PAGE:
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Ranked-Choice Voting Supporters Seek Constitutional Amendment

Mal Leary
Maine Public/file
Former state Sen. Dick Woodbury formally submits ranked choice voting petition signatures to the Secretary of State's office in October of 2015.

The Maine Supreme Court has issued an advisory opinion Tuesday that the state’s new ranked-choice voting law conflicts with the state constitution. Debate is now growing over what happens next.

In a 51-page opinion, the justices unanimously advised the Legislature that the ranked-choice voting law approved by voters last fall conflicts with the state constitution. The justices say the constitution clearly says that an election for the Legislature or for governor is won by the candidate that gets the plurality of the votes in that contest.

Under ranked-choice voting, the final winner would eventually have to get at least half the vote. The court says the conflict can be resolved by rewording the constitution, but that would take the approval of two-thirds of the Legislature and the voters.

Republican Senate President Mike Thibodeau says he doesn’t see that happening.

“Political reality, I doubt very much that there are the votes to pass a constitutional amendment, we all know that threshold is two-thirds,” he says.

But Democratic House Speaker Sara Gideon, a supporter of ranked-choice voting, says she isn’t so sure that the votes are out of reach.

“I don’t know how he has counted votes yet on this,” she says. “But I think the first thing we will probably look at is there an option to send that constitutional amendment out.”

Gideon says lawmakers must address the issue of the court’s opinion before another election cycle gets underway.

Complicating the issue is that the law passed by the voters applies to federal offices, so unless the state constitution is changed, Maine could have two voting systems in place for the next major election: one for state candidates and one for federal candidates.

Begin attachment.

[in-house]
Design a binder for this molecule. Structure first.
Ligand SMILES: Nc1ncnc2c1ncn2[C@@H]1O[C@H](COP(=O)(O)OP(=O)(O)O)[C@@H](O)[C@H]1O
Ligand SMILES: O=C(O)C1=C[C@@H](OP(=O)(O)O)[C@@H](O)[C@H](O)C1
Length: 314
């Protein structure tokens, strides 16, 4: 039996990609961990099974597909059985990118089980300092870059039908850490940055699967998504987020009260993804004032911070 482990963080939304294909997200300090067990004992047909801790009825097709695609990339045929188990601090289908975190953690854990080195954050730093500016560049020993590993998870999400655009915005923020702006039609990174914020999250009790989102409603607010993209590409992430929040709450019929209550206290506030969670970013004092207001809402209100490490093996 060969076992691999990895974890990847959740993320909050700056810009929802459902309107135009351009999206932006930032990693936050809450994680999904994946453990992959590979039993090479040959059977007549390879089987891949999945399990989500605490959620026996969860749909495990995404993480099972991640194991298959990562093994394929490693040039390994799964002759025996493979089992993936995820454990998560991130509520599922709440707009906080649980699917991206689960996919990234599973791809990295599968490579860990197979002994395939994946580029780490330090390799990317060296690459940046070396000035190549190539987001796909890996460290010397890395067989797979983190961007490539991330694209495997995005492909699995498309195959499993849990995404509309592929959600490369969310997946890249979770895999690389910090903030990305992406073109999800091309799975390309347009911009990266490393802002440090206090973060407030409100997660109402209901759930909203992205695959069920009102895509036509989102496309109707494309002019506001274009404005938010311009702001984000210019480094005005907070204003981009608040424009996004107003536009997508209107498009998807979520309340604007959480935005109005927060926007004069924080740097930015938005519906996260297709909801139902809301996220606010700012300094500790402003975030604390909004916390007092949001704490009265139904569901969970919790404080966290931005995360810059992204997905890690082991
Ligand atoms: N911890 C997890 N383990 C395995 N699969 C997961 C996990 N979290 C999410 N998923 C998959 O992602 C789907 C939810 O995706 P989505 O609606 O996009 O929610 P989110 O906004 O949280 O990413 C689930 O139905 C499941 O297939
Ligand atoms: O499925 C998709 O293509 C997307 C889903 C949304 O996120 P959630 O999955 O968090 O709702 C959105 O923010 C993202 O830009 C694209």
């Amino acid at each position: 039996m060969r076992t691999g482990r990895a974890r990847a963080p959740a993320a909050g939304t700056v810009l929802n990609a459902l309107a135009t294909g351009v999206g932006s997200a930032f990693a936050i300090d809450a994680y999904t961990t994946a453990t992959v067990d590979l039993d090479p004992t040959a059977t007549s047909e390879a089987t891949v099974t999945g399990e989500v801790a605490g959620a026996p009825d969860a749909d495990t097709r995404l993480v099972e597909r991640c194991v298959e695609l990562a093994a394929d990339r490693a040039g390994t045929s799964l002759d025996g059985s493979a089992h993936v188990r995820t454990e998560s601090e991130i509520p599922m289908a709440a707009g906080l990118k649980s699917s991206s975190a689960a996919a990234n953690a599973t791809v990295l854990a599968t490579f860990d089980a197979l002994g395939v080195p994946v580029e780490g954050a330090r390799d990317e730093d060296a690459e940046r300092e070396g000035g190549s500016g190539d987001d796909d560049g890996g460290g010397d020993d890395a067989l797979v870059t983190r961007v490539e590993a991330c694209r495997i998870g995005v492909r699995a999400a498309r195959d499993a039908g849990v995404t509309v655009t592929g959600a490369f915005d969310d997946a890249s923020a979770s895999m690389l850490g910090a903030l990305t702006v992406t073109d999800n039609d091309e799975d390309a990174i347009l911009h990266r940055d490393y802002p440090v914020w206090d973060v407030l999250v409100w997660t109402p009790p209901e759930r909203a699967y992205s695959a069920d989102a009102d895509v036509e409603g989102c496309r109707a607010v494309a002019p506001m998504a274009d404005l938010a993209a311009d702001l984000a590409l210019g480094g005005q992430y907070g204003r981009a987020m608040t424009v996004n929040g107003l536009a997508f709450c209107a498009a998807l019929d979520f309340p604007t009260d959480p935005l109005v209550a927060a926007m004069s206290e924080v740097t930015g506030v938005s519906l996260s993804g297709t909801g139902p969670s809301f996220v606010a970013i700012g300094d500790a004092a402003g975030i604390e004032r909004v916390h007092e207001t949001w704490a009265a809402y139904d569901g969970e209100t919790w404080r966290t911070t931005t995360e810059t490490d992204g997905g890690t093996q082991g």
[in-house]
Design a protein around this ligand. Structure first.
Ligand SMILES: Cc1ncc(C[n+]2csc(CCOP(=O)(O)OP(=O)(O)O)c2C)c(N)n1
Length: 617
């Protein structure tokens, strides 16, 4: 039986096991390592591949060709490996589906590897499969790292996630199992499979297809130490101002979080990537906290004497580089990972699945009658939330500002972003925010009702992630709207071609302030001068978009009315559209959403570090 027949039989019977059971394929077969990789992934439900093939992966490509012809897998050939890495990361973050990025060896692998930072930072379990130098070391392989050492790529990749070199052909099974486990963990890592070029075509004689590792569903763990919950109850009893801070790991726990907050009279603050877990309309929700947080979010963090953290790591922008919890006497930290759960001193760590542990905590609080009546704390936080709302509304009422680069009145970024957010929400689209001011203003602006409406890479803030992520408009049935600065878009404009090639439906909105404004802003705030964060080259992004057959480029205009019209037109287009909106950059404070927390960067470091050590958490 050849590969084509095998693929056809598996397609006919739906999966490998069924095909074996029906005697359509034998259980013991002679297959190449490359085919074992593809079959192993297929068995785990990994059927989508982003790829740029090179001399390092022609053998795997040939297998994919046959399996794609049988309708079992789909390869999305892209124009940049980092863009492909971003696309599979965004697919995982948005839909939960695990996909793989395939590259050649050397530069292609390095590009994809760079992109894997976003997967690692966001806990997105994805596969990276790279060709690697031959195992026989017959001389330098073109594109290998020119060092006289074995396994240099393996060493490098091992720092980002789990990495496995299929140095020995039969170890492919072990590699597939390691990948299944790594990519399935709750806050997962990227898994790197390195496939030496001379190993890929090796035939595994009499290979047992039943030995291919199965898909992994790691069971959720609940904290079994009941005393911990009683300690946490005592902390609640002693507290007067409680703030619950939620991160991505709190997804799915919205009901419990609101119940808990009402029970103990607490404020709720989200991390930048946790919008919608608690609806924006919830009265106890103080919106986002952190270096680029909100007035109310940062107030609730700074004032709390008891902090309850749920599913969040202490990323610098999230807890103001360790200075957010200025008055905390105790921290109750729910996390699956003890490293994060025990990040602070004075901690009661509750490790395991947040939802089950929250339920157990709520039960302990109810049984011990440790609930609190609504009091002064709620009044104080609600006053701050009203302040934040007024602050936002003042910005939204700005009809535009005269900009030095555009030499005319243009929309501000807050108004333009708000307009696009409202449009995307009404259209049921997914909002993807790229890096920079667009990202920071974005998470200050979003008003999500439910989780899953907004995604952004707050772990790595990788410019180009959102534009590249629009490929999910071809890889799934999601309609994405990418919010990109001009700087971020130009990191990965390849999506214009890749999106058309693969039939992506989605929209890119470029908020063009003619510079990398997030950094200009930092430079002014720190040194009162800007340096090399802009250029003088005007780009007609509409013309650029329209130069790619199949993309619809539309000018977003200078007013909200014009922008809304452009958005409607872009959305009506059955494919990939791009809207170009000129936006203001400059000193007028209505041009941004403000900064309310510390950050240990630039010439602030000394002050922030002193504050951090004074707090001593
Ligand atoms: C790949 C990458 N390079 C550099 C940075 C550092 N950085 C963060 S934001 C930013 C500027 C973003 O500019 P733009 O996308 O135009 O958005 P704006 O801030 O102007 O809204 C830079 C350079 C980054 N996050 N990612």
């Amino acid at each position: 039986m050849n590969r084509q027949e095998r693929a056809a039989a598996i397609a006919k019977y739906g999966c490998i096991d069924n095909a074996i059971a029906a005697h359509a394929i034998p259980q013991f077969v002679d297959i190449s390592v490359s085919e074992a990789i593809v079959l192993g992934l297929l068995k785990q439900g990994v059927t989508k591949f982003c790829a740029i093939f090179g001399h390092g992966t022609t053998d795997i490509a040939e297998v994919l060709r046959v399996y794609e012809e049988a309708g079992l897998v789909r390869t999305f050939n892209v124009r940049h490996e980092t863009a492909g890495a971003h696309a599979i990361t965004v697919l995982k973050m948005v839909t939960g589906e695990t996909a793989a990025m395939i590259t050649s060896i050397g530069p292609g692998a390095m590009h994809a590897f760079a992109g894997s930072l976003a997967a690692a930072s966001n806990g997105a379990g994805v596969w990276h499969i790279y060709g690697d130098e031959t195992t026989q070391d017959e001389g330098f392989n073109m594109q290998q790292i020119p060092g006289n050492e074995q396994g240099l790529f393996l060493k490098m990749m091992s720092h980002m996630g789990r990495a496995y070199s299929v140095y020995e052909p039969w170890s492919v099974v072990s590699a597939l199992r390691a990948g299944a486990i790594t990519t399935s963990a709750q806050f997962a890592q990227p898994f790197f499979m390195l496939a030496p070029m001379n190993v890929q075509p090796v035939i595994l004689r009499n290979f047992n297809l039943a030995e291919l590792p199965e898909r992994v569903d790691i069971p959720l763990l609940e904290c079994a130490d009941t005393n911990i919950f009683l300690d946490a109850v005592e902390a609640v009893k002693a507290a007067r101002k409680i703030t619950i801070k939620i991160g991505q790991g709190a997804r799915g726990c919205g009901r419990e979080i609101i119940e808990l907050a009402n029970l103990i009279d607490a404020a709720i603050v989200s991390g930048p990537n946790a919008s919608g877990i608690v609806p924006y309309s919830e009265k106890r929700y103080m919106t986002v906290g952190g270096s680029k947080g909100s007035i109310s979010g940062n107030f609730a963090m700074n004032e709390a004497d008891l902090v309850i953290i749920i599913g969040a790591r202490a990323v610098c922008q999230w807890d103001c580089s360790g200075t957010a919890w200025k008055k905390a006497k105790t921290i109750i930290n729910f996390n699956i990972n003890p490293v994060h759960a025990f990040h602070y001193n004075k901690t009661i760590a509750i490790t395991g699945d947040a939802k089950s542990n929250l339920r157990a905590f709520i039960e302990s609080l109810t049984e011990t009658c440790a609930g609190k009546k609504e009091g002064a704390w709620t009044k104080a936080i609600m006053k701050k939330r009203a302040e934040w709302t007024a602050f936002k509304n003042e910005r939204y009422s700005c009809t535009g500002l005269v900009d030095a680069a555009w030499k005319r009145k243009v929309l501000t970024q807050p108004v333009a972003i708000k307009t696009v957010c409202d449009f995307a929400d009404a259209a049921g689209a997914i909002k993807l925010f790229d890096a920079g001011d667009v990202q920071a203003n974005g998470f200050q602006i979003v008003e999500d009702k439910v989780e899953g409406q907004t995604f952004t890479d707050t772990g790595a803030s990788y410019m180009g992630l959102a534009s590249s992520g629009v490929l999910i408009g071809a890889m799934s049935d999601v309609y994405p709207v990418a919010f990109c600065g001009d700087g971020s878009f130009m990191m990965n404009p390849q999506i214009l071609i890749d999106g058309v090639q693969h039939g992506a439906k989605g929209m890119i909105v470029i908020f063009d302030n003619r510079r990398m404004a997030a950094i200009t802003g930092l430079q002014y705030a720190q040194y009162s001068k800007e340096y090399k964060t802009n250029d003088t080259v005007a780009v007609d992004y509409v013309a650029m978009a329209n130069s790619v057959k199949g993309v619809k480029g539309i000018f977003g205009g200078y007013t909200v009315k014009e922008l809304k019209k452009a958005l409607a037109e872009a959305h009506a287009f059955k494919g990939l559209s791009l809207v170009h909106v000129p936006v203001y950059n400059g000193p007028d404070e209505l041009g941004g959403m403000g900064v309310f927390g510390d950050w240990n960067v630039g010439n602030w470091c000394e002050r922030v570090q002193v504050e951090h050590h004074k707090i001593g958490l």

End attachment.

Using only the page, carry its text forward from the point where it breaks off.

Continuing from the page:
Thibodeau says lawmakers can’t let that happen.

“We can’t have, you know, folks going to the polls and voting in one regard for state offices and another regard for federal offices,” he says. “That would be too confusing.”

Secretary of State Matt Dunlap says running two different election systems at the same time will be expensive and cumbersome.

“We have estimated around $1.5 million to implement ranked-choice voting, but we still would have to run the traditional election, which is not without cost,” he says.

Dunlap says that amounts to another several hundred thousand dollars.

But supporters of the initiated law say the voters have spoken and that ranked-choice voting for all Maine elections must be implemented.

“We should proceed ahead with federal elections the way that the people suggested that they would like to see elections be conducted, and go start the process of making so it could happen for state elections so that all of our elections are that way,” says former independent state Sen. Dick Woodbury, who has been one of the leaders of the ranked-choice effort.

And Kyle Bailey, who served as campaign manager for the effort, says lawmakers will be held accountable if they ignore the wishes of the people.

“Nearly 400,000 Mainers voted yes on Question 5, the second largest referendum vote in the history of our state,” he says. “We are going to hold our legislators accountable. We expect them to listen to the voices of Maine people and implement this law.”

Legislative leaders must approve any new measures for consideration this late in the session, and Gideon hopes there will be the votes to put forth a constitutional amendment. But she and other legislative supporters acknowledge that if it fails to get enough votes they will have to consider all options.

Journalist Mal Leary spearheads Maine Public's news coverage of politics and government and is based at the State House.